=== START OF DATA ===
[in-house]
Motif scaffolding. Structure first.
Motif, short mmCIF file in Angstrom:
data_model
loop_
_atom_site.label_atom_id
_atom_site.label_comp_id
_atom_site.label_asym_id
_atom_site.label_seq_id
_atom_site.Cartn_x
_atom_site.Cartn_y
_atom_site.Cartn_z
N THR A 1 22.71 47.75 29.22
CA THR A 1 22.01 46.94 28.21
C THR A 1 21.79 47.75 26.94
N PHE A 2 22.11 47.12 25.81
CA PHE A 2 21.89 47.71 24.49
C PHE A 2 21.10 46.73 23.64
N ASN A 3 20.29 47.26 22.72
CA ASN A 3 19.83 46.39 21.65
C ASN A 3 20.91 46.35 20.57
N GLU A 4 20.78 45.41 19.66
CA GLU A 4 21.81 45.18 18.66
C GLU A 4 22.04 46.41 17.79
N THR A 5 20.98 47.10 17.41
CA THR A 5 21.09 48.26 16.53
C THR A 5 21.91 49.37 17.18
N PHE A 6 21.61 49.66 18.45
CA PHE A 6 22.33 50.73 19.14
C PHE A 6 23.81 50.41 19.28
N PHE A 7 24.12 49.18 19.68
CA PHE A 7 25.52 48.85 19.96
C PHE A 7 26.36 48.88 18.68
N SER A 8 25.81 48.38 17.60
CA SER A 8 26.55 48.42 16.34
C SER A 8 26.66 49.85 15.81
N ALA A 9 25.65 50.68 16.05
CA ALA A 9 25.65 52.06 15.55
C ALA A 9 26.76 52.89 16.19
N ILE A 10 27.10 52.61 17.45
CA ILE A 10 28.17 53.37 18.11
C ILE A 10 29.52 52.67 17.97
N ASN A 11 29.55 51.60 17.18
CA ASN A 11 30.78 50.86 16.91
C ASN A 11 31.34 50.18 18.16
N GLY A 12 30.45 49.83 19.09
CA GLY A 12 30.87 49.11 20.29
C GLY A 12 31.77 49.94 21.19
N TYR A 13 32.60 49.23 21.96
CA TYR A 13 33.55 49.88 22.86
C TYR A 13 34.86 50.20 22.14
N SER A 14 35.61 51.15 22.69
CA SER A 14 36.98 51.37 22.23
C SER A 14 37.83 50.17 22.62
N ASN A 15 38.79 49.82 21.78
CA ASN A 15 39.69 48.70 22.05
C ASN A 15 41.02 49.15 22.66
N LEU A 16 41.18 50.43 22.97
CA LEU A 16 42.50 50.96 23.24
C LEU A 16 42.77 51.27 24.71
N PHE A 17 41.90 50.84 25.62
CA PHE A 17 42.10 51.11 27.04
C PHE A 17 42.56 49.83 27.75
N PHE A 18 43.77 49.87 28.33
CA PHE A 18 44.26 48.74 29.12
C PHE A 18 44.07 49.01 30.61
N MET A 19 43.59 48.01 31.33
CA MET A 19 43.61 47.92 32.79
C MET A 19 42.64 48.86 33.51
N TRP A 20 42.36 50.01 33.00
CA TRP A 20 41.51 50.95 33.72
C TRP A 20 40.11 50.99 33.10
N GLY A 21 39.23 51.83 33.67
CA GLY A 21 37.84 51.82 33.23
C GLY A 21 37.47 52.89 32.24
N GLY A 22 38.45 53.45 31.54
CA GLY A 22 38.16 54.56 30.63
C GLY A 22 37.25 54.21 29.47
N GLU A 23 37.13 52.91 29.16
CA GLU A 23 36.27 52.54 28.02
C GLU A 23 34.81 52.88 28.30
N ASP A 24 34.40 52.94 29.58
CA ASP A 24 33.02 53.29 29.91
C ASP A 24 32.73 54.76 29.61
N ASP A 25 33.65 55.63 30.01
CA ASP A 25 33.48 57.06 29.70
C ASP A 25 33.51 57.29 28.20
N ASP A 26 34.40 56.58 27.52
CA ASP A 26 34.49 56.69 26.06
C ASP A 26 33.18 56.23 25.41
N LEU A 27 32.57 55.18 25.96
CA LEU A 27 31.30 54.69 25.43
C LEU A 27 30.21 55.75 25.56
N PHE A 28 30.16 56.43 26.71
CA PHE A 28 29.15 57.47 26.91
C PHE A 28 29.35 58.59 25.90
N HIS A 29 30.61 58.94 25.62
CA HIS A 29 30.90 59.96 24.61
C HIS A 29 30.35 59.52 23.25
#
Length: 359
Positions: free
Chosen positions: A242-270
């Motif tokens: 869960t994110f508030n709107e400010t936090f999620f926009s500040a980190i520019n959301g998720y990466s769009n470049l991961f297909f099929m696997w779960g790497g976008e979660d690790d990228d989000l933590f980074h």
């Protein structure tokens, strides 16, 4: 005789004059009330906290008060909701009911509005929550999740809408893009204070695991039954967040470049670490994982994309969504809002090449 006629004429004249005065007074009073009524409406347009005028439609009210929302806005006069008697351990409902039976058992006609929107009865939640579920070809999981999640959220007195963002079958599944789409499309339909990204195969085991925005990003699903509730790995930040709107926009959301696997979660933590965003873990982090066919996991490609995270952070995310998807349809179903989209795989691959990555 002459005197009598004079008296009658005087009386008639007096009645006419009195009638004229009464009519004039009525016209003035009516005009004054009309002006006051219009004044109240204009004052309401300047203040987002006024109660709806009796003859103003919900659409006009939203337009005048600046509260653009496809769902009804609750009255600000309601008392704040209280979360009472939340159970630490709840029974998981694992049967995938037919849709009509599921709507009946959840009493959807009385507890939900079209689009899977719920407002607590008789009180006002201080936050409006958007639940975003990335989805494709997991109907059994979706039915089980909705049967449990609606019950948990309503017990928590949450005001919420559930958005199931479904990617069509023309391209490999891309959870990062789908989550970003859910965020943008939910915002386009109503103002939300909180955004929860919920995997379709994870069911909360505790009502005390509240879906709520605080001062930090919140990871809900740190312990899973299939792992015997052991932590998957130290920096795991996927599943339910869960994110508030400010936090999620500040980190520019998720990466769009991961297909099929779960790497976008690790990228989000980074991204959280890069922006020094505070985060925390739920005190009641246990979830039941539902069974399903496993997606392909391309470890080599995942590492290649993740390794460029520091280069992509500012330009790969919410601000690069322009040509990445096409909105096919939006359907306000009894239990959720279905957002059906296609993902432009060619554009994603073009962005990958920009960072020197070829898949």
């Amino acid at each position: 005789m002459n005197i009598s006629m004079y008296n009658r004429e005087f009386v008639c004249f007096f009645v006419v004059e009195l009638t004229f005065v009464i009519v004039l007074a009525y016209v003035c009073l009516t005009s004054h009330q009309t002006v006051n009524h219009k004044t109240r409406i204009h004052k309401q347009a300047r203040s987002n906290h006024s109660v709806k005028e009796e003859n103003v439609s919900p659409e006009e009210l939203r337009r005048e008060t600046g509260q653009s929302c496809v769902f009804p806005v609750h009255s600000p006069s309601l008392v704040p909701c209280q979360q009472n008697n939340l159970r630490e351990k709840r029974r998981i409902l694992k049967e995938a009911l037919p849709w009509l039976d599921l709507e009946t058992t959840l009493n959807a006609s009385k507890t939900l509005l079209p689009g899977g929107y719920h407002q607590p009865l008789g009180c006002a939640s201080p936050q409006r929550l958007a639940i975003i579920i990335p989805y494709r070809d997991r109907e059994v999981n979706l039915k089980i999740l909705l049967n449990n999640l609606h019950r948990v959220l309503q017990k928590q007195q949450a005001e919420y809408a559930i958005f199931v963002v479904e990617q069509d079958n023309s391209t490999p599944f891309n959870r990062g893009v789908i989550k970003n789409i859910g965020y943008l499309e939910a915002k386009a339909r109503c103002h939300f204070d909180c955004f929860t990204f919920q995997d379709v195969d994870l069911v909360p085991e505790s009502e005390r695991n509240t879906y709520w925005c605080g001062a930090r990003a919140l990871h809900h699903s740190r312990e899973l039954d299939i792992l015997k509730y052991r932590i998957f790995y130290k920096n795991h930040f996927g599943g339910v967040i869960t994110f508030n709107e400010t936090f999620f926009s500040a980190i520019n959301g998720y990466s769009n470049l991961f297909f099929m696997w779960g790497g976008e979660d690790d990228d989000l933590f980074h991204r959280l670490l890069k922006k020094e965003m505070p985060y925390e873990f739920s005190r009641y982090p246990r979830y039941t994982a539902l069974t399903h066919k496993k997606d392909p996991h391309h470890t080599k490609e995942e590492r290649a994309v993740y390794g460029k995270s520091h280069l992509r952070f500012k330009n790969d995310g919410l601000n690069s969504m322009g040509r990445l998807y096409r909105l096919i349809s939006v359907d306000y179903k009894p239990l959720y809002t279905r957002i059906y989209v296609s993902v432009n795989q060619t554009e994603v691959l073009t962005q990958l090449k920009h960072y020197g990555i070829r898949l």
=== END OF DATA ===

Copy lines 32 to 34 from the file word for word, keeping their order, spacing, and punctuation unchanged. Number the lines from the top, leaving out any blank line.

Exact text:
CA PHE A 7 25.52 48.85 19.96
C PHE A 7 26.36 48.88 18.68
N SER A 8 25.81 48.38 17.60